In 1912, Lessie and Percy Dunbar took their two sons, Bobby and Alonzo, on a fishing trip into the swamplands of Louisiana. Bobby, then age 4, disappeared. The disappearance garnered national attention — a prominent Louisiana newspaper at the time called the suspected kidnapping the crime of the century (albeit in a century of a mere 12 years).
The search for Bobby Dunbar was extensive, especially by the standards of the era. The family’s home town offered a $1,000 reward for his return (over $20,000 in today’s dollars), no questions asked. The family mailed postcards describing their child, with coverage throughout the southeast and as far west as central Texas. The lake his family was visiting was systematically blown up — literally dynamited — in hopes of jostling loose the boy’s body, or at least clearing out the alligators who frequented the body of water. (Or perhaps it was due to a myth, mentioned in Huckleberry Finn and explained here, which incorrectly posited that a similar explosion would cause a corpse’s gall bladder to erupt, thereby getting the lifeless body to float to the top of the body of water imprisoning it.) These same alligators and others in the area were killed and flipped over so that the soft undersides of their bellies could be cut open, in hopes of finding young Bobby’s body. But these efforts proved futile.
Eight months later, a travelling piano tuner by the name of William Cantwell Walters was stopped by authorities while in Mississippi. He had in tow a travelling partner — a young child, roughly age 5 (pictured above), and meeting Bobby Dunbar’s description. Walters claimed that the boy was C. Bruce Anderson, the son of Julie Anderson, a single mother (which at the time, was a big deal) who worked for Walters — and that Ms. Anderson had given Walters permission to bring the boy with him on his trip. Nevertheless, the Dunbars were brought to the young boy and — depending on what account you believe — either instantly recognized him as their dear Bobby or, a day later, made the positive ID. (After all, a child can grow a lot at that young age.) Either way, Bobby Dunbar was found, and he was coming home, to much fanfare. He’d never see Walters or Anderson again.
Walters was accused of kidnapping, a charge he staunchly denied. Anderson, per newspaper reports, was asked to pick “her son” out of a lineup of five similarly aged children and was unable to — which not only harmed her credibility, but buttressed allegations that she was of questionable morals, having given birth to two other children out of wedlock as well (both of which had died). With Anderson not much of a witness, Walters was convicted of kidnapping. He’d serve two years in prison for his crime, but won an appeal which required he be tried anew. The prosecution, citing very high costs, declined to retry him, and Walters was set free. Anderson, for her part, eventually married and started a new family.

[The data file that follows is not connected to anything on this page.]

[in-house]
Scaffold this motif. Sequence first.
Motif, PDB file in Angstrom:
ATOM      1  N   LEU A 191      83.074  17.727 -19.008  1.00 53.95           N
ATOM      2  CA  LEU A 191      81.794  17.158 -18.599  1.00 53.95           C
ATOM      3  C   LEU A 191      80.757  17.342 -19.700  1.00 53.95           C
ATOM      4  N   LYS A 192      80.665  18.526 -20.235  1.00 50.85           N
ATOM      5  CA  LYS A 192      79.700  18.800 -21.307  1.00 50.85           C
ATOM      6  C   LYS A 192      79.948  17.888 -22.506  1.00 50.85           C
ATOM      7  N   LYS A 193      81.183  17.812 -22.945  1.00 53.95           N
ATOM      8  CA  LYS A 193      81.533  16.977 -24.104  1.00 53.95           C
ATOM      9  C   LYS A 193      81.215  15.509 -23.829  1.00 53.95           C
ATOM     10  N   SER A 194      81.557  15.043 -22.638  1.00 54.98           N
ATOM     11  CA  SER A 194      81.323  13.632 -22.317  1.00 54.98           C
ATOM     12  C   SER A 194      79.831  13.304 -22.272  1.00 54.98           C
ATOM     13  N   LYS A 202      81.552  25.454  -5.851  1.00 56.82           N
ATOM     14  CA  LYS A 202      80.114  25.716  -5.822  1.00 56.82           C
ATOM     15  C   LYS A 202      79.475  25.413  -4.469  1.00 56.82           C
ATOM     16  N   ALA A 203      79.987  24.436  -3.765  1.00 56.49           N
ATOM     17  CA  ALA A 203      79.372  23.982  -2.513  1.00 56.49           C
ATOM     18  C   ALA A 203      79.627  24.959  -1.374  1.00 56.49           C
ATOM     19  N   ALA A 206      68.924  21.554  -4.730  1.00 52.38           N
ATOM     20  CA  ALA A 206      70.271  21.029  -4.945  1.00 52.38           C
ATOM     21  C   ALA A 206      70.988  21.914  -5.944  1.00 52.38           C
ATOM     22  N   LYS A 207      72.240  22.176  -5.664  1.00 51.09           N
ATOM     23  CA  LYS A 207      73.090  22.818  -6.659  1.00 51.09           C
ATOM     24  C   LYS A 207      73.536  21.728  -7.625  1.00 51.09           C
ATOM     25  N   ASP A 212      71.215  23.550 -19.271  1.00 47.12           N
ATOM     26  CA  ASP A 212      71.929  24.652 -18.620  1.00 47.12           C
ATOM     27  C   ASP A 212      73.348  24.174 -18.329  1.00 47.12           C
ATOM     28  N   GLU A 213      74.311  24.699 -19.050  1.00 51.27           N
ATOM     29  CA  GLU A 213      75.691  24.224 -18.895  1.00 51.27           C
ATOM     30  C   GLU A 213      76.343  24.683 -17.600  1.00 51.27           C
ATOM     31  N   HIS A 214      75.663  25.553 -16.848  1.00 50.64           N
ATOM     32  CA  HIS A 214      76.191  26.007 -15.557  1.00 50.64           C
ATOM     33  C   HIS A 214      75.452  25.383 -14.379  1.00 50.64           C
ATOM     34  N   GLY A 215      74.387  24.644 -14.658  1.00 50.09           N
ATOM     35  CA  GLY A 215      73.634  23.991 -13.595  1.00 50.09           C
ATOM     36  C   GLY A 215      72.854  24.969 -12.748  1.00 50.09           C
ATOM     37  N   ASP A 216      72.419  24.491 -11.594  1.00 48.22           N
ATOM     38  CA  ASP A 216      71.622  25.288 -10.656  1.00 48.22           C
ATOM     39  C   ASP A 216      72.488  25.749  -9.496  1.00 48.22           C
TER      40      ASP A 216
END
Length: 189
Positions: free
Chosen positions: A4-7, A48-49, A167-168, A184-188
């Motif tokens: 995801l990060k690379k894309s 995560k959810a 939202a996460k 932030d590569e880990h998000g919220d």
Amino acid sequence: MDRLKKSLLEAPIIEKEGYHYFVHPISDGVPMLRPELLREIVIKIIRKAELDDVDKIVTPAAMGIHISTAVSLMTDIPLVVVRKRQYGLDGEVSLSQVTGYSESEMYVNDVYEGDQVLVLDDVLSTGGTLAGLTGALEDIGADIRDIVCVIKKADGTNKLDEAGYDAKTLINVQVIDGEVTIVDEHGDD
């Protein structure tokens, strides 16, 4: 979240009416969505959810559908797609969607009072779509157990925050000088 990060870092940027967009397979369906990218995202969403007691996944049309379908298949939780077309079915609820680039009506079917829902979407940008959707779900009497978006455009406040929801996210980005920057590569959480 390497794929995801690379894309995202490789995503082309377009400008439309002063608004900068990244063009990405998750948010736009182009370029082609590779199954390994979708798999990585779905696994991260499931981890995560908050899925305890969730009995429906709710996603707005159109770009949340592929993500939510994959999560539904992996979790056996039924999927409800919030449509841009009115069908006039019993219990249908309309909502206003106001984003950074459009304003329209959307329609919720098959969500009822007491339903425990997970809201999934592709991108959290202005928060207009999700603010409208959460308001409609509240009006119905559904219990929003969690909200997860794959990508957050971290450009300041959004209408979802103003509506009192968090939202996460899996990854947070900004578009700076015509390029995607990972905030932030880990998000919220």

Neither Walters nor Anderson ever confessed to making up the tale of Bruce Anderson. Walters, to his death, maintained his innocence. Anderson continued her belief that she, and not the Dunbars, was the victim, and that her boy Bruce was kidnapped by them (and not the other way around).
They were probably right.
In 2004, Bob Dunbar, Jr. — the son of the boy pictured above — consented to DNA testing. His DNA was compared to that of Alonzo Dunbar, Jr. — the son of Bobby’s younger brother — and the test conclusively determined that the two were not related. Most likely, the boy taken from Julie Anderson was, indeed, her son Bruce. And almost certainly, William Cantwell Walters was not a kidnapper.
The whereabouts and fate of the real Bobby Dunbar were never determined.
From the Archives: Groom Kidnapping: Exactly what it sounds like.
Related: “Mistaken Identity: Two Families, One Survivor, Unwavering Hope” by Don Van Ryn. From the publisher: “In a widely reported incident in 2006, Laura Van Ryn and Whitney Cerak, students at an evangelical college in Indiana, and their families were victims of a ghastly mistake: the wrong girl was identified as the survivor of a car crash that claimed multiple lives. Only after five weeks, when the girl emerged from a coma, was the error discovered. The families and the survivor, Whitney, record their experiences in this heavily Christian account.” 147 reviews, 4.5 stars on average, with most of the 1- and 2-star comments warning that if you aren’t a religious Christian, the book is not right for you. Available on Kindle.